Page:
World Prematurity Day Community Seminar

November 17, 2021 - 6:00pm to 7:00pm
World Prematurity Day Community Seminar

Approximately 1 in 10 babies are born prematurely in Australia. Sadly, preterm birth is the single greatest cause of death and disability in children up to five years of age in the developed world.

Sadly, preterm birth is also the single greatest cause of death and disability in children up to five years of age in the developed world. With preterm birth comes a lifetime of increased risk of chronic disease, behavioural, learning, and psychological problems, and long-term neurological disability.

 At HMRI our goal is to understand and prevent preterm birth, enabling children to live and reach their full potential.
Join us for our final community seminar for 2021, and learn more about the research being conducted here in the Hunter to understand and solve the mysteries of preterm birth, as well as the discoveries that have been made on the pathway to prevention.

We'll be joined by a diverse panel of experts including Distinguished Laureate Professor Roger Smith, Professor Craig Pennell, Dr Jonathan Paul and BorneHMRI preterm birth awareness ambassador Sarah Mumm.

Wednesday 17 November
6.00pm - 7.00pm
Live-streamed on Zoom and Facebook Live
Register for this free virtual event by using the form below.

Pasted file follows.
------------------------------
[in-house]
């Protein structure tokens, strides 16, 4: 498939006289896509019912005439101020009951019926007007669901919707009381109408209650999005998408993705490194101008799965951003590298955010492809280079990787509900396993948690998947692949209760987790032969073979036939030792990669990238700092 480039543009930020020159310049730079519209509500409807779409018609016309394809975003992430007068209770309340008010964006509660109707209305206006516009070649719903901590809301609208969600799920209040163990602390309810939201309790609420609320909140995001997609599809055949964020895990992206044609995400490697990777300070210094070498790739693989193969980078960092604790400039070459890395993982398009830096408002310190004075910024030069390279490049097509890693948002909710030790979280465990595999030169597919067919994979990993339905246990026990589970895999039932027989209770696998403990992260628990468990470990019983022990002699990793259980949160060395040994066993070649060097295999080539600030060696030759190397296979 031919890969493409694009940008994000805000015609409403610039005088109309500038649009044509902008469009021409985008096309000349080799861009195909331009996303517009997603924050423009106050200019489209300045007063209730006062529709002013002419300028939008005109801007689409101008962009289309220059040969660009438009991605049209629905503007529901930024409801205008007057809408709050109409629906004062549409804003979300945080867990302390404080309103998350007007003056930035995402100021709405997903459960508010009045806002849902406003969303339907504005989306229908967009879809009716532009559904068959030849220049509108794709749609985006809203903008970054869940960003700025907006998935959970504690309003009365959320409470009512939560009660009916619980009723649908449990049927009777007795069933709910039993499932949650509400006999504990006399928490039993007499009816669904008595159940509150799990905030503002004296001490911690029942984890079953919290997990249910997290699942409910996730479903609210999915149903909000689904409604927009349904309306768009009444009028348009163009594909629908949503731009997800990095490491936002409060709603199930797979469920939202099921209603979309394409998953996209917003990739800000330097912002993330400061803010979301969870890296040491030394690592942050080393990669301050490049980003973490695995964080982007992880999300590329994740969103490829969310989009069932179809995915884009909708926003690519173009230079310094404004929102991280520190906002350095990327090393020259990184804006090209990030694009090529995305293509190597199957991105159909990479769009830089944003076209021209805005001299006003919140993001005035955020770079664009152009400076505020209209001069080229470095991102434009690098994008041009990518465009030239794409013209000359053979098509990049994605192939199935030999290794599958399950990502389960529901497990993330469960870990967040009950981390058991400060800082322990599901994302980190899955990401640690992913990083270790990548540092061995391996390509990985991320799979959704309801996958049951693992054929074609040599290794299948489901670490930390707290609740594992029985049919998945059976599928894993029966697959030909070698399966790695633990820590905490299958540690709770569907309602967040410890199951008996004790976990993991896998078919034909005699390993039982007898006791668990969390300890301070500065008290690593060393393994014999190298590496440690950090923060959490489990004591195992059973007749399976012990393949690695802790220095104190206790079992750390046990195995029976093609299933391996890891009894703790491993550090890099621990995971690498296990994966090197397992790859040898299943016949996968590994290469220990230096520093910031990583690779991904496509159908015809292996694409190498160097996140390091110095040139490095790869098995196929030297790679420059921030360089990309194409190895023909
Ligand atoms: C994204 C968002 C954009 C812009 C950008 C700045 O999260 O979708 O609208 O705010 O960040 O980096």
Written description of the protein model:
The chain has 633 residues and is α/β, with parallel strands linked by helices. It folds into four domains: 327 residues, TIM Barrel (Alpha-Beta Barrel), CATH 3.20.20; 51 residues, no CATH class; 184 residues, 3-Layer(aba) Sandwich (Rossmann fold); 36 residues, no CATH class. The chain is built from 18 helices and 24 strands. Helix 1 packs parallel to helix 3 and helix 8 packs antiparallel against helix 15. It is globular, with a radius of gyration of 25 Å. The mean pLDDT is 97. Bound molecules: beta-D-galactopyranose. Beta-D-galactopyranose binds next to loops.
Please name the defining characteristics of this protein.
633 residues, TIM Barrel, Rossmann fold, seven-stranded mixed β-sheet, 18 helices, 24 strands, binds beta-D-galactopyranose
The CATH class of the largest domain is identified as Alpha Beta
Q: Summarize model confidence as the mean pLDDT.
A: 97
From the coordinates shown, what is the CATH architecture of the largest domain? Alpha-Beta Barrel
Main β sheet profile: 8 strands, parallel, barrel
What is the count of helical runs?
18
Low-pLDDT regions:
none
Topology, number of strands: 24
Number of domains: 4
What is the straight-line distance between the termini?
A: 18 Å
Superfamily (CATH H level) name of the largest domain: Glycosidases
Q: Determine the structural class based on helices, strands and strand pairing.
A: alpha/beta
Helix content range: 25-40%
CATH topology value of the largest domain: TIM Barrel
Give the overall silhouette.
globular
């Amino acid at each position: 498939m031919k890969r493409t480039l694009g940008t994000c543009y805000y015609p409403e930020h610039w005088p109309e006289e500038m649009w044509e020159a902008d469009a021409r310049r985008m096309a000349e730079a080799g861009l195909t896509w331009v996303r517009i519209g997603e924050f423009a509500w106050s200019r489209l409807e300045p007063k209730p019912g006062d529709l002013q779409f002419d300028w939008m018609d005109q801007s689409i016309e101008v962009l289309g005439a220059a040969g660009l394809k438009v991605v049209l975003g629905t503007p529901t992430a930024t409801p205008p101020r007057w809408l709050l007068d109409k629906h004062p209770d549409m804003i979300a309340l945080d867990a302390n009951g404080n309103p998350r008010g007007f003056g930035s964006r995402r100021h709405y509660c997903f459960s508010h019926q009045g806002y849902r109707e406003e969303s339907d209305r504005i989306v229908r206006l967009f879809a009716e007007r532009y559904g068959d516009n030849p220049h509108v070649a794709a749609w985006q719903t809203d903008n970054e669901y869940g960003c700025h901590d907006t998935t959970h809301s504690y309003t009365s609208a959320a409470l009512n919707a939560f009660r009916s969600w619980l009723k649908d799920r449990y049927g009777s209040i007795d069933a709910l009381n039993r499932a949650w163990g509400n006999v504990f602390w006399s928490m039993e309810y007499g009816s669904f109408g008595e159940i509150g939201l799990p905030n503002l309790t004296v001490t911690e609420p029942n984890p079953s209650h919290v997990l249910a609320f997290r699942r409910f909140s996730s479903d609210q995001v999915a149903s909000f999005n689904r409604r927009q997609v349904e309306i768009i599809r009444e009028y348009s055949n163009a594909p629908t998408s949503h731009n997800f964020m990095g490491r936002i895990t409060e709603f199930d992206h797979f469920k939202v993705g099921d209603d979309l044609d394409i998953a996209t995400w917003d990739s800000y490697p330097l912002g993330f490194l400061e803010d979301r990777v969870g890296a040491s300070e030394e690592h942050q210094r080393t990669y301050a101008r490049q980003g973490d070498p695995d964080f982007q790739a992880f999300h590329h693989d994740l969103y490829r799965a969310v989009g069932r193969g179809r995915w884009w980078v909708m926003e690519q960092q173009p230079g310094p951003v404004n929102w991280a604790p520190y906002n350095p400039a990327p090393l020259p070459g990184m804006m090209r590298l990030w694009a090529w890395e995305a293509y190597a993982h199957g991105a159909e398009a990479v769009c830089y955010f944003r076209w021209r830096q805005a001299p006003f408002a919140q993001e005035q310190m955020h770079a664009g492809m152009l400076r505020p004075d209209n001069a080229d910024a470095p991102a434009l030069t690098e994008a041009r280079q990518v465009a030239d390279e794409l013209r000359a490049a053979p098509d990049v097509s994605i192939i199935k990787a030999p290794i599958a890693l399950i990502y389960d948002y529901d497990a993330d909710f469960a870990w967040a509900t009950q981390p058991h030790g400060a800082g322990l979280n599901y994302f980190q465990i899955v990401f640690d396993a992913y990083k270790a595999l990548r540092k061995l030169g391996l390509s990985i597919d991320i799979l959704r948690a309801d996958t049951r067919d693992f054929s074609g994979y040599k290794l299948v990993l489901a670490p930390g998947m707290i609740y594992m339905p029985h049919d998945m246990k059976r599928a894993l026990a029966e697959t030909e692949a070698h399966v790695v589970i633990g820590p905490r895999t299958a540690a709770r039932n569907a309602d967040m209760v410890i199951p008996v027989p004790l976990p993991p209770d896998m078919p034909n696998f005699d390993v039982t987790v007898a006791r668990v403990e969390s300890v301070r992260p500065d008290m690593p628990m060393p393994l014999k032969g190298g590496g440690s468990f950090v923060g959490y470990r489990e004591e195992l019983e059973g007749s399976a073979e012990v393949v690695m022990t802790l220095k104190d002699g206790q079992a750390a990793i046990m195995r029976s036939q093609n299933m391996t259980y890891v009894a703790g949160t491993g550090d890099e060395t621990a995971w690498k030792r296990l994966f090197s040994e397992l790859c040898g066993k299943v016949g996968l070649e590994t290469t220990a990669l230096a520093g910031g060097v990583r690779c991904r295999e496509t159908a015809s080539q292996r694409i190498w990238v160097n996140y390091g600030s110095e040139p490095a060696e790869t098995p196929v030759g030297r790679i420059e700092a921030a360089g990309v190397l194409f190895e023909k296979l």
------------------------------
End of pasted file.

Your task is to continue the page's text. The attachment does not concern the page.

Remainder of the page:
Meet our presenters

Sarah Mumm - Sarah and her husband, former Australian Wallabies captain Dean Mumm have birthed six babies, however have only been able to raise two of them due to the devastation of preterm birth. Sarah and Dean founded BorneHMRI in 2018, a science collaboration between Borne in the UK and HMRI researchers dedicated to finding answers and solutions to preterm birth.

Distinguished Laureate Professor Smith is Co-Director of the University of Newcastle's Priority Research Centre for Reproductive Science, Director of the University's Mothers and Babies Research Centre at HMRI and Director for the Department of Endocrinology at John Hunter Hospital. He is considered a world-leading authority on human reproduction and the pathophysiology of human pregnancy.

Professor Craig Pennell is a Professor of Maternal-Fetal Medicine, senior staff specialist in maternal-fetal medicine at John Hunter Hospital and Chair of the Scientific Committee at Red Nose Australia.
Professor Pennell is also Chief Investigator on the NEW1000 Study, a pregnancy cohort study based in the Hunter that will see 1000 babies and their families each year to help advance our understanding of how the first 1000 days of life can impact health and wellbeing throughout life.

Dr Jonathan Paul is a University of Newcastle Principal researcher from the Mothers and Babies Research Centre, located within HMRI. Dr Paul has been internationally recognised for his work on targeting therapeutic nanoparticles to the muscles cells of the pregnant uterus as a way of dramatically reducing a range of risks associated with childbirth, specifically preterm birth.